I can remember at least three pivotal moments where my life’s path faced a fork and I had to choose between the known and the unknown. The first was when I chose to remain at my high school in Queens despite being accepted to Stuyvesant High School in Manhattan, the second was when I opted to not study abroad in Paris during college, and the third was when I decided to return to Boston for my post-baccalaureate premedical studies at Harvard instead of attending UC Berkeley. Each time, I presumed that the advantages of the familiar outweighed the disadvantages (which in retrospect turned out to be overblown), and while I am happy about who I have become and grateful for the people and opportunities and experiences in the journey I have lived, I sometimes wonder who I might have been had I gone the other way.
Write to Understand
Thinking about my choices leading up to medical school, I decided that I needed a different philosophy if I hoped to satisfy my cravings to grow and change. It helped that my time in medical school already began as an uncertain journey. I was a coastal, city kid who had been accepted to only a single medical school that believed in me, a historically black institution, Meharry Medical College in Nashville, TN. I was unsure what type of culture shock living in the South would bring. But my worries soon abated after I met two classmates, Michael and Ellis, who also regarded medical school — its challenges, culture, and competitiveness — with wariness.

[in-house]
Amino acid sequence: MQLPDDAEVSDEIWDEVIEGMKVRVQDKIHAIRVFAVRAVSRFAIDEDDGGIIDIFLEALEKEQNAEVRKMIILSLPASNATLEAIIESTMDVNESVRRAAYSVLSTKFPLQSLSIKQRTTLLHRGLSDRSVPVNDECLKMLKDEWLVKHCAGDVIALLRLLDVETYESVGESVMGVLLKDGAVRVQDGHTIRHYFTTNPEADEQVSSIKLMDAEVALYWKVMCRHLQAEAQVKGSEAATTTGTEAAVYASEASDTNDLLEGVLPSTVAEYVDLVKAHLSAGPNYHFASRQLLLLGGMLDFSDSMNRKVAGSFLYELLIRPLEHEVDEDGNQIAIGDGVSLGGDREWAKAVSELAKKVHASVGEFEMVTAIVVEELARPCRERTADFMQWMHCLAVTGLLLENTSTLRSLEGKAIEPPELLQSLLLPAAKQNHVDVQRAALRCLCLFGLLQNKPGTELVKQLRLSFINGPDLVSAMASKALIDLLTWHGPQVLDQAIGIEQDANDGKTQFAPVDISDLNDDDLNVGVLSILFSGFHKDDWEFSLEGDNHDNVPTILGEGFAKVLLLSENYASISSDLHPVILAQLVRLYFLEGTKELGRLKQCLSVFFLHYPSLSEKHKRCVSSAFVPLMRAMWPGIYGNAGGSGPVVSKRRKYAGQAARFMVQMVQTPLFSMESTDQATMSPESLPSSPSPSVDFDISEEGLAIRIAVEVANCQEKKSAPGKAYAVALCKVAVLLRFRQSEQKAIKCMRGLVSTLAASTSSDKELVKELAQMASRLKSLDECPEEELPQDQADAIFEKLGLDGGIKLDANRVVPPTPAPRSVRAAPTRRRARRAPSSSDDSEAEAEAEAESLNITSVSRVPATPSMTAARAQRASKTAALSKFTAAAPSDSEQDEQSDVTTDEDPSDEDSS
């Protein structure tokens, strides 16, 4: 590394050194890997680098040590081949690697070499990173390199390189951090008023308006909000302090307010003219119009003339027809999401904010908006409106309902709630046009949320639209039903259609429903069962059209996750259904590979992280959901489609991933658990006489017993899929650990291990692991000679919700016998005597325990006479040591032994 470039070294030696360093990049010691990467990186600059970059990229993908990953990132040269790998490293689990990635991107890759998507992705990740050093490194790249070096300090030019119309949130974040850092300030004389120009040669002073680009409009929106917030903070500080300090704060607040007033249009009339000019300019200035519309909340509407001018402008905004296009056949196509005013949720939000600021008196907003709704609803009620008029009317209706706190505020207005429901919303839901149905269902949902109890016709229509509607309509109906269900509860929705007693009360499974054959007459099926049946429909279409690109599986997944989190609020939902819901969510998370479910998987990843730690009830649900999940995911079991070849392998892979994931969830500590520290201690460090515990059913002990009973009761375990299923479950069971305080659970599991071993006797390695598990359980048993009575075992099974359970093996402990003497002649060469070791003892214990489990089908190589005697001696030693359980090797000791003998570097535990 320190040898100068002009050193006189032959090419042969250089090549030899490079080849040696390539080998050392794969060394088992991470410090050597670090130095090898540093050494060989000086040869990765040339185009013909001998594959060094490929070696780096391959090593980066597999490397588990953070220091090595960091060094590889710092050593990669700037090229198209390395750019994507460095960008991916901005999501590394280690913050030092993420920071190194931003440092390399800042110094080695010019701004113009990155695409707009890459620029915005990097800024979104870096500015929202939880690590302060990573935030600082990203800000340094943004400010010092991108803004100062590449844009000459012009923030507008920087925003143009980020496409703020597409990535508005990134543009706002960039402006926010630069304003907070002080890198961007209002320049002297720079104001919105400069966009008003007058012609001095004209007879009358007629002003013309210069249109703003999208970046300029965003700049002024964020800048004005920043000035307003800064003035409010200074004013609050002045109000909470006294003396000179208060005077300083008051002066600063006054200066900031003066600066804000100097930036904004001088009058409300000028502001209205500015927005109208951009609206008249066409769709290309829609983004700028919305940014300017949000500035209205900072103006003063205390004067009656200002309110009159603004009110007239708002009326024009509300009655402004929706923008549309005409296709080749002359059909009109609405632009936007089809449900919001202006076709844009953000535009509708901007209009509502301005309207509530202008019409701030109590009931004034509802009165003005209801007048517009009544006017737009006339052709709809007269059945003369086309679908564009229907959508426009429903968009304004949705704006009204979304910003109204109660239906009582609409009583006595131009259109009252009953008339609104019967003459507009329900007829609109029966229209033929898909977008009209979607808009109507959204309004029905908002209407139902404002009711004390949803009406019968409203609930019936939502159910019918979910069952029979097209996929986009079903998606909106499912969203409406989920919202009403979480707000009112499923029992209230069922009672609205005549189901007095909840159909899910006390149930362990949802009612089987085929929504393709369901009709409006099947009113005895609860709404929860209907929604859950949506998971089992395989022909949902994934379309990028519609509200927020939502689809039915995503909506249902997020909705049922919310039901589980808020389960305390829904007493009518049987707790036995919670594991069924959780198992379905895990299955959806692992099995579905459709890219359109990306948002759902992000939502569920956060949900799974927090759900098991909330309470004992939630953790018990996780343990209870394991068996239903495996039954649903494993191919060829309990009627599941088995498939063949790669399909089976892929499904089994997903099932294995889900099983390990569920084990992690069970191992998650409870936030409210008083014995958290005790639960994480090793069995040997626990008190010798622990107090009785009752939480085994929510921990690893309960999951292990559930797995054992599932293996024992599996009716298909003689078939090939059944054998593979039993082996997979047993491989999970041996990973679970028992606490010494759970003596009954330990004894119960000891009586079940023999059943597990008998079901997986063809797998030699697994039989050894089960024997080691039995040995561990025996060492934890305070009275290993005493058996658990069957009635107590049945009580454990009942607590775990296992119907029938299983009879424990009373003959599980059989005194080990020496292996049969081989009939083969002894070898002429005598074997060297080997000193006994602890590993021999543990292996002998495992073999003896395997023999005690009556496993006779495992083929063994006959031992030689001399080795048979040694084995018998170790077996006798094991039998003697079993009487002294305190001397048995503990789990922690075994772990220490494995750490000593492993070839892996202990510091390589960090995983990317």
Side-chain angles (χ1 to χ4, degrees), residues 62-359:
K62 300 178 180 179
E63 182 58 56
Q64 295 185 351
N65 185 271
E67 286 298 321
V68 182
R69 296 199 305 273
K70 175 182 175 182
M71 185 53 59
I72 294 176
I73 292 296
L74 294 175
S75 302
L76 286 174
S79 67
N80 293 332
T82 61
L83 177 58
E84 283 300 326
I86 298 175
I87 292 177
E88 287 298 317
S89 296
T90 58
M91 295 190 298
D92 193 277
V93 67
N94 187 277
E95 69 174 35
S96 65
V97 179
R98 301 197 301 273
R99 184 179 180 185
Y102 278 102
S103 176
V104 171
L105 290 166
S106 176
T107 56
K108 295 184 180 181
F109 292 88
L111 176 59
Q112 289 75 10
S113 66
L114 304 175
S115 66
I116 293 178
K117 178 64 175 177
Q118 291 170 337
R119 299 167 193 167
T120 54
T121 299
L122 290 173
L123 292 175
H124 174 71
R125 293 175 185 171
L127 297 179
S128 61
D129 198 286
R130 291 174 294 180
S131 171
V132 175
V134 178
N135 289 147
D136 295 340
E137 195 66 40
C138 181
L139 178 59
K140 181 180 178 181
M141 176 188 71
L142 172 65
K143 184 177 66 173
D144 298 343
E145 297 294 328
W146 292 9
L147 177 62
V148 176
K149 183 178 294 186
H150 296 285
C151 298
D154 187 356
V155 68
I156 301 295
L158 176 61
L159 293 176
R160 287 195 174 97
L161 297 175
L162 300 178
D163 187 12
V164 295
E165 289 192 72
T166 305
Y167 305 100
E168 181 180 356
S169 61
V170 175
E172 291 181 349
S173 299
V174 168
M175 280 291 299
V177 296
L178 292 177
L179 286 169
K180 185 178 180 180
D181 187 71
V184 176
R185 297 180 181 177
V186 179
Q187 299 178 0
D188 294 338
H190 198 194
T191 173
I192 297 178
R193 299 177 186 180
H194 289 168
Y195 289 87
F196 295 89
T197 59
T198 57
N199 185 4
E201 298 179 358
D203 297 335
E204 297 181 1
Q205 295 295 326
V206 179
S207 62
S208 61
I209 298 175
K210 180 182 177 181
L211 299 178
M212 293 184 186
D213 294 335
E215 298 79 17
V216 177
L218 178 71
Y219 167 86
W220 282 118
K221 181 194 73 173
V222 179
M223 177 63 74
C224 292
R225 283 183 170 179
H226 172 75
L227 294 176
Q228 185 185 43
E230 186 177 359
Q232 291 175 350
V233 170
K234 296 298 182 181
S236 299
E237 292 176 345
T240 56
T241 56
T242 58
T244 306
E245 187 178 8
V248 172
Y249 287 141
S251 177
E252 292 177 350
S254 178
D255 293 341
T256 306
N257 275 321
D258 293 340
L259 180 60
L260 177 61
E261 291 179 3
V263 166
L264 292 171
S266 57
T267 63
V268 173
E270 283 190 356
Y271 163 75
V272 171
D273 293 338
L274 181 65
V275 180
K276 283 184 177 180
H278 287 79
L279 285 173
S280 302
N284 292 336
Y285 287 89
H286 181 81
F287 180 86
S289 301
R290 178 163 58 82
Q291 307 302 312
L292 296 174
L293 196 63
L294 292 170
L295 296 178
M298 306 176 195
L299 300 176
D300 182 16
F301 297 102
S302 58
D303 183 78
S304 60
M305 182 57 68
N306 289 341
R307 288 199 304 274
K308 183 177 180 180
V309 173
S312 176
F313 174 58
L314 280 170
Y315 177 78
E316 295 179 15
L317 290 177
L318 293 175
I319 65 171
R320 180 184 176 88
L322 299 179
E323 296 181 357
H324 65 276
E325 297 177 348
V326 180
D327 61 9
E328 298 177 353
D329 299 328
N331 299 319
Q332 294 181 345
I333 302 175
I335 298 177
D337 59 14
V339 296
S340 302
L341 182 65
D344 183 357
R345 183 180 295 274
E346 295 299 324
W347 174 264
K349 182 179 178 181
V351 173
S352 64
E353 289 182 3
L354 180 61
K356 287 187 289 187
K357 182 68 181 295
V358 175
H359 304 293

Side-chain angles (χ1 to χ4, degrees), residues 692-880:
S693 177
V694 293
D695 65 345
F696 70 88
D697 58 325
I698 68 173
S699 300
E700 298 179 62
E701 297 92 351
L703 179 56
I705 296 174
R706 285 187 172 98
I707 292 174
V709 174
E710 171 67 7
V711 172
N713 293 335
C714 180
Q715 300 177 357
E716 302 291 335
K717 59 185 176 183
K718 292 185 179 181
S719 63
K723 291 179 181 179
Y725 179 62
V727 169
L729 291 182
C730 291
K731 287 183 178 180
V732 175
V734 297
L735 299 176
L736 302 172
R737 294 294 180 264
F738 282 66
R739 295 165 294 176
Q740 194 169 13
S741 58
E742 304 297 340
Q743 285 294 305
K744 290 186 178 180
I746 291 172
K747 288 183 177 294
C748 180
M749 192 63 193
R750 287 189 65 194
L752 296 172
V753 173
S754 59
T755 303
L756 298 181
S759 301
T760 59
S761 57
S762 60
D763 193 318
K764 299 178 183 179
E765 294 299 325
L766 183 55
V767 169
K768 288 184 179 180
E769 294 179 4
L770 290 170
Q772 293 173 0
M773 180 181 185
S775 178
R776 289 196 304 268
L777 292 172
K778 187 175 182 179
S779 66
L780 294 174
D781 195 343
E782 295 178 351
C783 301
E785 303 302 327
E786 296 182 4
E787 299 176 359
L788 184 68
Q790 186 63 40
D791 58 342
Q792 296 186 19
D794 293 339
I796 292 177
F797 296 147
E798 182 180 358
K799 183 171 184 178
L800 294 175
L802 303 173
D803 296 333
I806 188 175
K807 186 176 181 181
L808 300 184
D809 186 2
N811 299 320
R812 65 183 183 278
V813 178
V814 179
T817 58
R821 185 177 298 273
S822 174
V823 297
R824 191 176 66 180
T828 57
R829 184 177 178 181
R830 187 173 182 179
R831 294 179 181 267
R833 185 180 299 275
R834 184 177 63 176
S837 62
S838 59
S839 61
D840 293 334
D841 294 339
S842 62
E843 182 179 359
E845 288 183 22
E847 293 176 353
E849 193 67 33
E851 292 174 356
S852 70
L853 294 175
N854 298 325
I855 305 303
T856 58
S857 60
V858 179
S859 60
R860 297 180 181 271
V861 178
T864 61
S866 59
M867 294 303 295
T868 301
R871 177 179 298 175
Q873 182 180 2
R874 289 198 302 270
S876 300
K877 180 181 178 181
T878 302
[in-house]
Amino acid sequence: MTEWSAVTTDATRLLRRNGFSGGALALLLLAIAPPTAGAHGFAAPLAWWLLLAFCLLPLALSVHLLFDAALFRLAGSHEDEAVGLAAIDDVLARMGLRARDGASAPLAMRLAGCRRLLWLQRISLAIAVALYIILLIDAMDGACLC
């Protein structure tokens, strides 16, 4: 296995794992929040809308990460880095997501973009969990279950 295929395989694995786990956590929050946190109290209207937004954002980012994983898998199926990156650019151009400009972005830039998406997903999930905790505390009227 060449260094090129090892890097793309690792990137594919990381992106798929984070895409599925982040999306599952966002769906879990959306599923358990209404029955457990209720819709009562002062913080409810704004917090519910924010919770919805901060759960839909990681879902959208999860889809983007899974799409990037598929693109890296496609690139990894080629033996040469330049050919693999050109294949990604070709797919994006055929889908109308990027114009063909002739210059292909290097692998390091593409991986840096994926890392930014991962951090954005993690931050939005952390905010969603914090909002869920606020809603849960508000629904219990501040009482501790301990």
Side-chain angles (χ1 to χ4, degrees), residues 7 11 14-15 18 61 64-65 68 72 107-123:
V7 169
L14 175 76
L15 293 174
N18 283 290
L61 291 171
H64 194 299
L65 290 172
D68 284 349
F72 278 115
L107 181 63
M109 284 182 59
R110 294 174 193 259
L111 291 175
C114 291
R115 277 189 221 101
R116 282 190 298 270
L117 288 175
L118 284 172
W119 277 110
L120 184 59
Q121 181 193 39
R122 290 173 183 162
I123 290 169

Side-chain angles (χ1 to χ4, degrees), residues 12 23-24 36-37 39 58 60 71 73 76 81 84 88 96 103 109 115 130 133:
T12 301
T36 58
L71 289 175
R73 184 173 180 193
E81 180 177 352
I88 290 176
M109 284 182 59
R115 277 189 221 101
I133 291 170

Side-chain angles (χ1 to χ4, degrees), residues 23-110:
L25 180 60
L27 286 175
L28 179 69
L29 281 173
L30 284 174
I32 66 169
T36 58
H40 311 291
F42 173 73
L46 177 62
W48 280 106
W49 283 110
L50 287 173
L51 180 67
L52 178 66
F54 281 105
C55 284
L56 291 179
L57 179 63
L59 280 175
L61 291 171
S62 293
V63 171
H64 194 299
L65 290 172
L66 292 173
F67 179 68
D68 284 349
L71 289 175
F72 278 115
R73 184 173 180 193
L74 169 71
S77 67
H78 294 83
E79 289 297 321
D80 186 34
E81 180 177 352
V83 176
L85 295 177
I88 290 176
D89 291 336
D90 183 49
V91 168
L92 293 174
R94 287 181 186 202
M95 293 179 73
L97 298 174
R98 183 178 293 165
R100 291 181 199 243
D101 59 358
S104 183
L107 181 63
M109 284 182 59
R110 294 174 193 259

Early on the three of us found kinship in grabbing pizza, shooting pool, and playing racquetball. We sat at the same table in our favorite sushi spot once a week, holding deep, philosophical conversations covering everything between the meaning of reality to medical ethics to why we would never give up the humanities. We were each roughly five years apart, allowing us to evaluate our similar predicaments from three different perspectives. As a way to help us process the different experiences and the new start to our lives, I proposed that we write a journal entry once a week and then meet to read them aloud to each other.
For the next twelve weeks, we met and shared our short essays, finding catharsis in our private therapy sessions. To amuse ourselves, we called our meetings “The Writing Club,” and with a name came some attention. A classmate even emailed us a sample of her writing as an application to join the club, which caused us to briefly, hilariously, consider disbanding because her writing surpassed ours and we felt that she would only see us as amateurs. Ultimately, we neither expanded nor disbanded, but instead stayed with our writing club long enough for it to transform into something special.